New England farmers look to make seaweed a local crop

[USA] The next time you pick seaweed off your body while swimming in the ocean, chew on this: New England seaweed is a nutrient-rich food that could wind up on your plate.

Imported seaweed has long been used in Northeast salads, slaws, and smoothies. And, in restaurants like Legal Seafoods, it has been featured in entrees as well.

“It’s great to cook with,” Rich Vellante, Legal Seafoods executive chef, told The Boston Globe .”I like the texture of it, the salinity of it, and the mineral characteristics it has.”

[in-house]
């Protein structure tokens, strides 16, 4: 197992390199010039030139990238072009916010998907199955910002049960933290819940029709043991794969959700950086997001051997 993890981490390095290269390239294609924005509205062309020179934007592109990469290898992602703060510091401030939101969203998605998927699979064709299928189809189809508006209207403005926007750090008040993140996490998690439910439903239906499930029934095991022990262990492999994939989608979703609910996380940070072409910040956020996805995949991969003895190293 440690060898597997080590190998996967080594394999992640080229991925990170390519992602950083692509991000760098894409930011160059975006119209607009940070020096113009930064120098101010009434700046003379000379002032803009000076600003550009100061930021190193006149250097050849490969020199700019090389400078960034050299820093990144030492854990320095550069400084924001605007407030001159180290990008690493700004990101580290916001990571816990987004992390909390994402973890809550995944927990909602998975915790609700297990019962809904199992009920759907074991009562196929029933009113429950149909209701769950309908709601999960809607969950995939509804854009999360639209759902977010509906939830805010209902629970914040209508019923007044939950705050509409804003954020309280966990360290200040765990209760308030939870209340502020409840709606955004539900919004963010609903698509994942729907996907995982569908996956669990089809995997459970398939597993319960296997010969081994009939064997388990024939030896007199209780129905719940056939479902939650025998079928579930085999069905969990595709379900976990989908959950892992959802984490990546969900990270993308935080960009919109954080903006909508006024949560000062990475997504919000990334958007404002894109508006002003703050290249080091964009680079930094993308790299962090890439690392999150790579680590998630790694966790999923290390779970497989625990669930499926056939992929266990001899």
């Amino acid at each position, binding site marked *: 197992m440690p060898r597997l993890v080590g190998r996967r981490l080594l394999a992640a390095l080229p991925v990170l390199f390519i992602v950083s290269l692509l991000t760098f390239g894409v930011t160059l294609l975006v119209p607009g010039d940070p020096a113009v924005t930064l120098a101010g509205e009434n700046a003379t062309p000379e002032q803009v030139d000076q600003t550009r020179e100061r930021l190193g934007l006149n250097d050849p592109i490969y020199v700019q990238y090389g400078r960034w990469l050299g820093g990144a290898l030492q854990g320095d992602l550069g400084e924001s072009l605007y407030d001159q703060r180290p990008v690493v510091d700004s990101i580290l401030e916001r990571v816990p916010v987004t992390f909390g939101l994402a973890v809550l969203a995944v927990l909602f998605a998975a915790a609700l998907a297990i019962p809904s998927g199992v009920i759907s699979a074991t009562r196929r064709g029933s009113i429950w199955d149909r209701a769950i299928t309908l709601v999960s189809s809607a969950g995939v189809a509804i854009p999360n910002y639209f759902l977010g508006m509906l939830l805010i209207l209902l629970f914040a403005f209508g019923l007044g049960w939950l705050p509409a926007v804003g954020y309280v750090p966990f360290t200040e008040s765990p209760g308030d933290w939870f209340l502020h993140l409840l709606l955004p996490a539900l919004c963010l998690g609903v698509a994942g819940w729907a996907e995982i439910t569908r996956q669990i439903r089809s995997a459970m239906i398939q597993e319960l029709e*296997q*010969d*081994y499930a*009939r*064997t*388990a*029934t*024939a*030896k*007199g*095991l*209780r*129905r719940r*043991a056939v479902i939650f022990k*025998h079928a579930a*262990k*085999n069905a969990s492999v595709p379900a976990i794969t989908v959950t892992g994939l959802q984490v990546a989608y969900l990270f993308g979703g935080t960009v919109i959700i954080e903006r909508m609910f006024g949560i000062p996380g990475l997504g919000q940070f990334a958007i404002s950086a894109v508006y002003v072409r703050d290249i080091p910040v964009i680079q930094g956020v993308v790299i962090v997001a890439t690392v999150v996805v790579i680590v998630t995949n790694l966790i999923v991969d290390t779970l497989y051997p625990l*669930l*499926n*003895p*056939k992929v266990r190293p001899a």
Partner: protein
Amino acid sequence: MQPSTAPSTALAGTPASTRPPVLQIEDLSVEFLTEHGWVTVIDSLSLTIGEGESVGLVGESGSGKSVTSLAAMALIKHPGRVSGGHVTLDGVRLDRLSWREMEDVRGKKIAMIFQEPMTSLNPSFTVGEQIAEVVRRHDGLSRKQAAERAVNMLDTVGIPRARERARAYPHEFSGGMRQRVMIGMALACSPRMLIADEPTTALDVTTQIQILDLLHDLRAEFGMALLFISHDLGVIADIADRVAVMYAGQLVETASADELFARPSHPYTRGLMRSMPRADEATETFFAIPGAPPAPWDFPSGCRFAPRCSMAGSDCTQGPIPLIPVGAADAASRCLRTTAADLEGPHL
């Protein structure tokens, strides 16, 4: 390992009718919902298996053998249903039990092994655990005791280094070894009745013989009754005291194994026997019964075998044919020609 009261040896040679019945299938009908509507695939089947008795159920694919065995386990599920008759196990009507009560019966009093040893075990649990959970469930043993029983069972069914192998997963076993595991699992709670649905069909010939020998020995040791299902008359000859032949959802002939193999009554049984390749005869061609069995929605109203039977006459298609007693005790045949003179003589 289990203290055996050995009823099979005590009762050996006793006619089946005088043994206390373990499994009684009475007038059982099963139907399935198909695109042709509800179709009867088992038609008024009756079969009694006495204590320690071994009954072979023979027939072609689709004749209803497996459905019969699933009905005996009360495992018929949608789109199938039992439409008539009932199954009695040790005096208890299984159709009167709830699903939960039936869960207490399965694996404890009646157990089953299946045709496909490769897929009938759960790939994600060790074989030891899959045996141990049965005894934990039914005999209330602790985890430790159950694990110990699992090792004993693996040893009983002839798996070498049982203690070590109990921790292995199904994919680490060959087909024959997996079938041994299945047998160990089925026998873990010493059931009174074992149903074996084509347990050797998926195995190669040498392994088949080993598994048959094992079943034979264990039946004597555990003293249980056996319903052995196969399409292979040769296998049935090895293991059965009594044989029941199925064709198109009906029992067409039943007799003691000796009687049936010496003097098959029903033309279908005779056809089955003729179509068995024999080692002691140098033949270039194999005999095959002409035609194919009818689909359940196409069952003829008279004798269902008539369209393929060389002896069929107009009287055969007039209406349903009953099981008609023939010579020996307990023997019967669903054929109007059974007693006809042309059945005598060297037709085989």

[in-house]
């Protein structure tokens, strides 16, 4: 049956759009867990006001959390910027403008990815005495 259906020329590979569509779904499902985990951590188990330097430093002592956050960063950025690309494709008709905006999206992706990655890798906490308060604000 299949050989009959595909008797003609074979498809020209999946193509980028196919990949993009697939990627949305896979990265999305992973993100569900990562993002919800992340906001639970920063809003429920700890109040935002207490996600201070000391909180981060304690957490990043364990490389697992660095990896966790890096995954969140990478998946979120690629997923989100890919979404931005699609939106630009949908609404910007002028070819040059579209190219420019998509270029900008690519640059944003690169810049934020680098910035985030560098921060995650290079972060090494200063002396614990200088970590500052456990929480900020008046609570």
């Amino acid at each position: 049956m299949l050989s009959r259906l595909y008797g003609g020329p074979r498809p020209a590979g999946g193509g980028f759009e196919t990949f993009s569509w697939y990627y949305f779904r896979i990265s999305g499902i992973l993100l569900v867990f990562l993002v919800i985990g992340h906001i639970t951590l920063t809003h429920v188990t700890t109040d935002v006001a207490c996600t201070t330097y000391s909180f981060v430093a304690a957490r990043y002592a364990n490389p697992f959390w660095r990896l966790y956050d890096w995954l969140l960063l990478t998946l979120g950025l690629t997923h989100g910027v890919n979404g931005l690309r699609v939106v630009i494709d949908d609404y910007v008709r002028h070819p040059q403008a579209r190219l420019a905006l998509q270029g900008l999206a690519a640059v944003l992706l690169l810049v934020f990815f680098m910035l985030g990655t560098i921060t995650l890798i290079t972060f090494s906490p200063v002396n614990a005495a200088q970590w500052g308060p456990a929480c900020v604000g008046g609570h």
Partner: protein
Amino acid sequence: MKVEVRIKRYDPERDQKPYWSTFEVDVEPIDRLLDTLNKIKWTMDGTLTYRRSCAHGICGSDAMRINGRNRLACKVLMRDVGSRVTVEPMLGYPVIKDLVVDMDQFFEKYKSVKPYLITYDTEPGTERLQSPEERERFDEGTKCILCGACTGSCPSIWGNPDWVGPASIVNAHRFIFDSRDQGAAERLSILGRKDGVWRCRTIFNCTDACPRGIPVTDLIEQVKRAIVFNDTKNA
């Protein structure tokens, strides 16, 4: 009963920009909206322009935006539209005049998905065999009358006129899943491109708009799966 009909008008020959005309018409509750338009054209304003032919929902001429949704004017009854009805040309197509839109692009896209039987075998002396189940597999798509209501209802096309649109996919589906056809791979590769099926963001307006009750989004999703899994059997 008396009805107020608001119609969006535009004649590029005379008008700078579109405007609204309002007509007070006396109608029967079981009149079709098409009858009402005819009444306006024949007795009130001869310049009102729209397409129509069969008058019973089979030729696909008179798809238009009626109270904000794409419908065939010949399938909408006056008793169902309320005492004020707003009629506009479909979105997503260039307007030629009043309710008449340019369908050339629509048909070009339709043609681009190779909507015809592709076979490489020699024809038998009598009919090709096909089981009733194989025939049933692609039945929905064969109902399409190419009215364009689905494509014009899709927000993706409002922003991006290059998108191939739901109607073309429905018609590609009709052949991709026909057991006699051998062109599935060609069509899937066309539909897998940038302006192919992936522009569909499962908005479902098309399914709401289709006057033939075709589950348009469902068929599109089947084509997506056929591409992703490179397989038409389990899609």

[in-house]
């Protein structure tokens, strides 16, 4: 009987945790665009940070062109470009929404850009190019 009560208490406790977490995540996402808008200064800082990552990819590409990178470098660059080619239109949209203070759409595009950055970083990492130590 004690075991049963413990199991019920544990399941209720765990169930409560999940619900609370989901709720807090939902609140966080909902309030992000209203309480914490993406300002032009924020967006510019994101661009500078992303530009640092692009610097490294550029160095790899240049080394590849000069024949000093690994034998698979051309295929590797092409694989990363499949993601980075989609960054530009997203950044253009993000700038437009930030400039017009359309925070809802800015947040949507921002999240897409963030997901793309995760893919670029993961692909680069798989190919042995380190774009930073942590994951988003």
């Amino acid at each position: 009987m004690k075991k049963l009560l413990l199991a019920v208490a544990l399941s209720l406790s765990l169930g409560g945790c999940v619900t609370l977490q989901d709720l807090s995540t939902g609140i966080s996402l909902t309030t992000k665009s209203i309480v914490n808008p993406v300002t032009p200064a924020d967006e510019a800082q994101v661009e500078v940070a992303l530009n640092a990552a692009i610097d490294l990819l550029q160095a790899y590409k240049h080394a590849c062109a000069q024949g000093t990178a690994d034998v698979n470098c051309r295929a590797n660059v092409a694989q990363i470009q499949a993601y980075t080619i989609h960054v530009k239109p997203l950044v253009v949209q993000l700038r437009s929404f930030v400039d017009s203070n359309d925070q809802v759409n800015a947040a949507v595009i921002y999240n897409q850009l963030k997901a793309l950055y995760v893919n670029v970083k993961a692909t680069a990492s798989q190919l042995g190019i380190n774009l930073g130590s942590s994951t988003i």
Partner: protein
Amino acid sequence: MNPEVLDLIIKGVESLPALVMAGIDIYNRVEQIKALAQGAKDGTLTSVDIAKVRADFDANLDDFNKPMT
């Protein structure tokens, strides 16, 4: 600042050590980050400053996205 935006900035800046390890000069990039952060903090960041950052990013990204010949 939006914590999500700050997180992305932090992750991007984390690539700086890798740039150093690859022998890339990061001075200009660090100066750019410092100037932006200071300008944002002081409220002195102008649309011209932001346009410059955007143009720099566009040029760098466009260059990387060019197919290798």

But the majority of seaweed gets imported from Asia, Paul Dobbins, president and cofounder of Ocean Approved, a kelp farming operation in Portland, Maine, told the Globe.

Vellante, who has used imported seaweed to make, for example, roasted cod with nori butter and a bacon-braised sugar kelp (he cooked the kelp with bacon, apple cider, onions, and honey), may soon be able to use local seaweed instead. The seaweed farming process involves seeding spores into the open ocean, which is still rare in North America. But that is changing.

Sarah Redmond, who promotes marine science for Maine Sea Grant, is training folks to start seaweed farms down the East Coast.

Said Dobbins about the effort to provide local seaweed: “The response has been tremendous.”


View original article at: New England farmers look to make seaweed a local crop

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